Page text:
Finally, after he sadly indicated what he’d never get another fare back into the city from that far in the countryside, I paid him double the meter – 500 rupees (about $7.75).

Fine. Fine! And a big fat whatever.

I’ll try again next Saturday.

Saturday, July 18, 2015

In Which I Have Some Roommates

It wasn't so much the frog, but the fact that he brought a friend. And the fact that they were lurking behind my bedroom door. And the fact that a sizable lizard and all his friends seemed to have joined them.

At least they eat the bugs.

In Which I Fail to Procure the TP

This is a little indelicate, and I apologize, but: I'm almost out of toilet paper.

I'm watching my single roll go inexorably down down down, despite my best efforts at moderation, and I'm not quite sure what I'm going to do about it. Maybe steal some from work? I feel like I'd be discovered, and "Toilet Paper Thief" doesn't seem like a label I want to acquire after just one week here.

I've tried buying some, but TP is weirdly hard to come by in the villages around the school. I discovered this when I sidled over to the little shop nearby and tried my very best to get some.

The store is run by a very nice lady that everyone calls akka, which means "sister" in Kannada. I don't actually know her real name, so I usually just stick my face directly in front of hers and start talking. Anyway, if I want eggs or laundry detergent or those insect repellent coils that will give you cancer, the smoke is so toxic (I bought two the other day), her little roadside shop is the place to go.

But I needed toilet paper. I felt sure she'd have it. Unfortunately, she doesn't speak English and so far I only speak about five words of Kannada, so communication can be a challenge. Mainly, I rely on my village idiot grin, an expression of pleading hopefulness and gestures so flamboyant that I automatically win every game of charades in the whole world for the next month.

Anyway, I approached akka's store and bent conspiratorially over her front counter.

"Paper?" I whispered, because it's embarrassing.

She gave me a blank look.

"Paper," I tried again, the tinsiest bit louder, and gave her a knowing nod.

Still nothing.

"Toilet paper," I suggested in a strained stage whisper. "Uh, WC? Bathroom? Washroom?"


Desperate, I curled my right index finger into a hook and frantically stabbed the air in the direction of my bottom: "Paper," I repeated. It was not my finest moment, I'll admit, but it did the trick. No dice, though.

Instead, I bought a fizzy apple drink and a package of cookies, slinking away with my sad consolation prize.

Maybe I can sneak into the students' dorms and steal some TP from there.

Saturday, July 11, 2015

In Which How Weird Is Too Weird?

When it comes to the taste of water, I mean.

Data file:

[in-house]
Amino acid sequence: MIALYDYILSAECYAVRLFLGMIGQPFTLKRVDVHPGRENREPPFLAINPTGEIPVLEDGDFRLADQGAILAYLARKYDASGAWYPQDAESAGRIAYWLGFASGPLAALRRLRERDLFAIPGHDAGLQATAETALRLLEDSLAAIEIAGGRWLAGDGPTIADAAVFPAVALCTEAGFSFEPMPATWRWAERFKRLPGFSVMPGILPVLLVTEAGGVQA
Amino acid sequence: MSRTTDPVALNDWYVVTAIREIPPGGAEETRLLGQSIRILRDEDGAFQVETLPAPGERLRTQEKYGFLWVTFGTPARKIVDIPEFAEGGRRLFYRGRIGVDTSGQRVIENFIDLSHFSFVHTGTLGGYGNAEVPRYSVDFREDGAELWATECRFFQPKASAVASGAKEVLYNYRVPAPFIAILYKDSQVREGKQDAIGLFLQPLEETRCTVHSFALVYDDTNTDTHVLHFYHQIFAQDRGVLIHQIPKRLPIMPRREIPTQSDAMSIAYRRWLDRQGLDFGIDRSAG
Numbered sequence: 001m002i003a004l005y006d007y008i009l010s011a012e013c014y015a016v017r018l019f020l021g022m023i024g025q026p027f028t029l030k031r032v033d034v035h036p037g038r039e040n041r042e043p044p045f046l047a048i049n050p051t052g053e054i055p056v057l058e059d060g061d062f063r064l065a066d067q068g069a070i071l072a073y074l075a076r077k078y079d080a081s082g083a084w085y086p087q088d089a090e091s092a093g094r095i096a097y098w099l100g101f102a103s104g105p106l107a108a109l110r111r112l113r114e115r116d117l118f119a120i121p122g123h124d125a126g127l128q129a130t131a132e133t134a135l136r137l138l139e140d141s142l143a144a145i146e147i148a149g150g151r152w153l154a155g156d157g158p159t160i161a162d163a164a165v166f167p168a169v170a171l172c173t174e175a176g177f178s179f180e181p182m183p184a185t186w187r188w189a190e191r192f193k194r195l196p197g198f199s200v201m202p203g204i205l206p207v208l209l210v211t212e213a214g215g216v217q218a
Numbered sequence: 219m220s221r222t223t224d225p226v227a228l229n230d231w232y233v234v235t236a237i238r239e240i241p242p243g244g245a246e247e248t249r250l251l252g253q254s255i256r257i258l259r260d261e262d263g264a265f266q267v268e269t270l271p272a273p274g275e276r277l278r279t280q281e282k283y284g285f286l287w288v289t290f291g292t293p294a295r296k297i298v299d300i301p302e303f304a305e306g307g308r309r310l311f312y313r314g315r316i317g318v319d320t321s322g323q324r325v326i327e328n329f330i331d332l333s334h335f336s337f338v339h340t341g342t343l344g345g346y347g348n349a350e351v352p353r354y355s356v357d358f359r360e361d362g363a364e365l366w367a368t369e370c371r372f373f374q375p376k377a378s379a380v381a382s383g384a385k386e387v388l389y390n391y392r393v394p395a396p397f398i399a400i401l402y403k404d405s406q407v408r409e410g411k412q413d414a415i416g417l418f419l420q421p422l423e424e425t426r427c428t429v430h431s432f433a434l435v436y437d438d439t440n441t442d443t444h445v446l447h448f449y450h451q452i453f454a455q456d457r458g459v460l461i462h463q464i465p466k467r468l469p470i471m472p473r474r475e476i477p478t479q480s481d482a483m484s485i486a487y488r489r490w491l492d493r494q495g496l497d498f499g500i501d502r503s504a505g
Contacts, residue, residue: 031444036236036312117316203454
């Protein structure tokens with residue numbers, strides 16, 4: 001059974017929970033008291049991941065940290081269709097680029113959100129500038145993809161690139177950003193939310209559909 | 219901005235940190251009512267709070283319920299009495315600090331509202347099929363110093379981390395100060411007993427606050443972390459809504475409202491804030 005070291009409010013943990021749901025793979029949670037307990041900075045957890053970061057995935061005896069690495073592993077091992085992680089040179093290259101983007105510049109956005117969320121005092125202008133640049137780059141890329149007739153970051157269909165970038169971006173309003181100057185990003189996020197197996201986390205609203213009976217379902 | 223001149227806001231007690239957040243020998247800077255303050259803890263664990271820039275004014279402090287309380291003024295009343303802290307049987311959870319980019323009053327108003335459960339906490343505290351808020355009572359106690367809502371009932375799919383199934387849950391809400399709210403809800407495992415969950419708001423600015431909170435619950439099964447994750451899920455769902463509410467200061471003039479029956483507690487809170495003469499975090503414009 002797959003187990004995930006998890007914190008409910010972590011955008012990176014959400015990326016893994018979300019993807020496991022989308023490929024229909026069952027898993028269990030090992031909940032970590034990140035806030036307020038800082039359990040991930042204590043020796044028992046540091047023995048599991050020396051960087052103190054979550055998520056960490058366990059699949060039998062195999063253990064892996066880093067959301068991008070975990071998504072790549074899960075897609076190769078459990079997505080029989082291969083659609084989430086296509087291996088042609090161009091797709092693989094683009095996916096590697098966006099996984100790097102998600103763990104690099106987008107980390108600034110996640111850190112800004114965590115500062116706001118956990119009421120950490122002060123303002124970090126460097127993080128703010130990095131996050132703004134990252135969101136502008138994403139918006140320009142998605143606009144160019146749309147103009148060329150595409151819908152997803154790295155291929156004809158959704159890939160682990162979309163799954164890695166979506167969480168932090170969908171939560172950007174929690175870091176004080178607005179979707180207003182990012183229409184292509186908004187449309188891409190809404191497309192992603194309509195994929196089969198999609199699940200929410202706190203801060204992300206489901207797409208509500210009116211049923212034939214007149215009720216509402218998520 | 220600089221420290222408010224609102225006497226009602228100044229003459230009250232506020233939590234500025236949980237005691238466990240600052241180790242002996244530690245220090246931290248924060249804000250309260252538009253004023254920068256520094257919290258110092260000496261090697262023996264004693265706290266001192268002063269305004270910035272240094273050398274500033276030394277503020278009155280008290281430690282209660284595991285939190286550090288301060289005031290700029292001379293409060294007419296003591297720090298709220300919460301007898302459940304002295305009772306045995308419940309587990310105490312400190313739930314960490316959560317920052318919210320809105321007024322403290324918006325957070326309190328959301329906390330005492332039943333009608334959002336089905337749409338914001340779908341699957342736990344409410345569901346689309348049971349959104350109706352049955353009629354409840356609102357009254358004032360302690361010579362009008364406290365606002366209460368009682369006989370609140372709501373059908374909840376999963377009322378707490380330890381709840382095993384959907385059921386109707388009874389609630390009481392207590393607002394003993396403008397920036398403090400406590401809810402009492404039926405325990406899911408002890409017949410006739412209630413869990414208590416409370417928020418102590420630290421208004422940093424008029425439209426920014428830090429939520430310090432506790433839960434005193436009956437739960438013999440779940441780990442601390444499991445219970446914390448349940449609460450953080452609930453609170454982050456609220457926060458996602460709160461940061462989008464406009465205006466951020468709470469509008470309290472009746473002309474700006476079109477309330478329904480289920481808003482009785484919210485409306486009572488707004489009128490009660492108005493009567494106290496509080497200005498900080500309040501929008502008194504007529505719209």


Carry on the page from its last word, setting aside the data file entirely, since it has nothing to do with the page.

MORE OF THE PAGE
Obviously I boiled it until half of it was evaporated, but it still tastes... odd. Maybe it's just a matter of getting used to new water. Indian water! And anyone who says water doesn't have a taste has never been to central Florida. Or Bangalore, apparently. This water definitely has a taste.

But too much of one? I've been contemplating each mouthful. And the electric kettle does have some sort of weird, mineral-looking grunge on the bottom, which I'm unable to scrape off.

So, ha ha, yep.

Maybe I'll just wander over to the village this afternoon and see about a new one.

Thursday, July 9, 2015

In Which Oh Good Grief, Not Again

I'm not saying it's the most pitiful thing in the world, but it certainly makes the list: the dorky, desperate hope that compels you to keep checking all the bags lurching past on the conveyor belt, even though you've checked them twice before.

Maybe third time's the charm! Maybe this time the navy blue suitcase that clearly isn't my navy blue suitcase will, um... magically be mine! Maybe it will contain all the stuff I'm generally indifferent to -- the 11 different iterations of breton-striped shirt, the mediocre hairbrush -- but now treasure with a fervor usually reserved for snake handling or fan fiction.

But nope, my suitcases decided to loiter in Frankfurt, for the pretzels and beer, apparently. Meanwhile, I arrived in Bangalore.

Unlike when I moved to China and my bags went missing for several days, however, this time I vowed to handle it with fewer tears and more equanimity. A man named Franklin is on the case, and when he told me that maybe my bags went to New Delhi, I did my best to smile beatifically. Who wouldn't want to go to Delhi? It's great there!

He said maybe they'd arrive tomorrow, but maybe not. Swell! I'll just toddle over to the village and buy a sari!

Welcome to India. I really am thrilled to be here.